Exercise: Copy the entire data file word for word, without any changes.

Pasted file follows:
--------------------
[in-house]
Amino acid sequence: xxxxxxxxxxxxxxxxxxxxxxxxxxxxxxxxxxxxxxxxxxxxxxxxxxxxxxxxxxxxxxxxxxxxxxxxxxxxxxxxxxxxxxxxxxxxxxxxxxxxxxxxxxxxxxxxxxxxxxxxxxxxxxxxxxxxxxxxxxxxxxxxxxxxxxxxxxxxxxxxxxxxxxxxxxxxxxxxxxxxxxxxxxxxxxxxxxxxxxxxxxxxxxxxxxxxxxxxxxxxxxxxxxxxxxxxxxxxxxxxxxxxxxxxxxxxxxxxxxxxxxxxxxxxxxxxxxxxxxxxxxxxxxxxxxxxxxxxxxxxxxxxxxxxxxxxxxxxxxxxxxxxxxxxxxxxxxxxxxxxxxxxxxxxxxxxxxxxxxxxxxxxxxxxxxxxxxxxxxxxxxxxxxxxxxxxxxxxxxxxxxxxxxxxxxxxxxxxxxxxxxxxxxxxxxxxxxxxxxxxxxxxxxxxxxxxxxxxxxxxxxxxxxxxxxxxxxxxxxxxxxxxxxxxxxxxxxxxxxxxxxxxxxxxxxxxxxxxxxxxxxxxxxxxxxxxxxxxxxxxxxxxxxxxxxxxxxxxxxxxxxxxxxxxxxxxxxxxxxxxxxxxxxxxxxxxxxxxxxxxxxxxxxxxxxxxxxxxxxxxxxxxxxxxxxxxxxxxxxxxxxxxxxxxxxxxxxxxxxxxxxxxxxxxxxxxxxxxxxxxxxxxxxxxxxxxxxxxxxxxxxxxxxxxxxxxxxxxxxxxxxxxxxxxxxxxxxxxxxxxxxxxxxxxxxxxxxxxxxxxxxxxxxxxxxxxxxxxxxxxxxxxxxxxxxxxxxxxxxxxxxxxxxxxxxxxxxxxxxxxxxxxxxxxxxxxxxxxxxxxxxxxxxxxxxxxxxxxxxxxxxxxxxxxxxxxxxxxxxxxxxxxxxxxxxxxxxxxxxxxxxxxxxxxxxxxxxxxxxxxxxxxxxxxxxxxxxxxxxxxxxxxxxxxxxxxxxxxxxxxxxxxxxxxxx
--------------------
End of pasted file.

[in-house]
Amino acid sequence: xxxxxxxxxxxxxxxxxxxxxxxxxxxxxxxxxxxxxxxxxxxxxxxxxxxxxxxxxxxxxxxxxxxxxxxxxxxxxxxxxxxxxxxxxxxxxxxxxxxxxxxxxxxxxxxxxxxxxxxxxxxxxxxxxxxxxxxxxxxxxxxxxxxxxxxxxxxxxxxxxxxxxxxxxxxxxxxxxxxxxxxxxxxxxxxxxxxxxxxxxxxxxxxxxxxxxxxxxxxxxxxxxxxxxxxxxxxxxxxxxxxxxxxxxxxxxxxxxxxxxxxxxxxxxxxxxxxxxxxxxxxxxxxxxxxxxxxxxxxxxxxxxxxxxxxxxxxxxxxxxxxxxxxxxxxxxxxxxxxxxxxxxxxxxxxxxxxxxxxxxxxxxxxxxxxxxxxxxxxxxxxxxxxxxxxxxxxxxxxxxxxxxxxxxxxxxxxxxxxxxxxxxxxxxxxxxxxxxxxxxxxxxxxxxxxxxxxxxxxxxxxxxxxxxxxxxxxxxxxxxxxxxxxxxxxxxxxxxxxxxxxxxxxxxxxxxxxxxxxxxxxxxxxxxxxxxxxxxxxxxxxxxxxxxxxxxxxxxxxxxxxxxxxxxxxxxxxxxxxxxxxxxxxxxxxxxxxxxxxxxxxxxxxxxxxxxxxxxxxxxxxxxxxxxxxxxxxxxxxxxxxxxxxxxxxxxxxxxxxxxxxxxxxxxxxxxxxxxxxxxxxxxxxxxxxxxxxxxxxxxxxxxxxxxxxxxxxxxxxxxxxxxxxxxxxxxxxxxxxxxxxxxxxxxxxxxxxxxxxxxxxxxxxxxxxxxxxxxxxxxxxxxxxxxxxxxxxxxxxxxxxxxxxxxxxxxxxxxxxxxxxxxxxxxxxxxxxxxxxxxxxxxxxxxxxxxxxxxxxxxxxxxxxxxxxxxxxxxxxxxxxxxxxxxxxxxxxxxxxxxxxxxxxxxxxxxxxxxxxxxxxxxxxxxxxxxxxxxxxxxxxxxxxxxxxxxxxxxxxxxxxxxxxxxx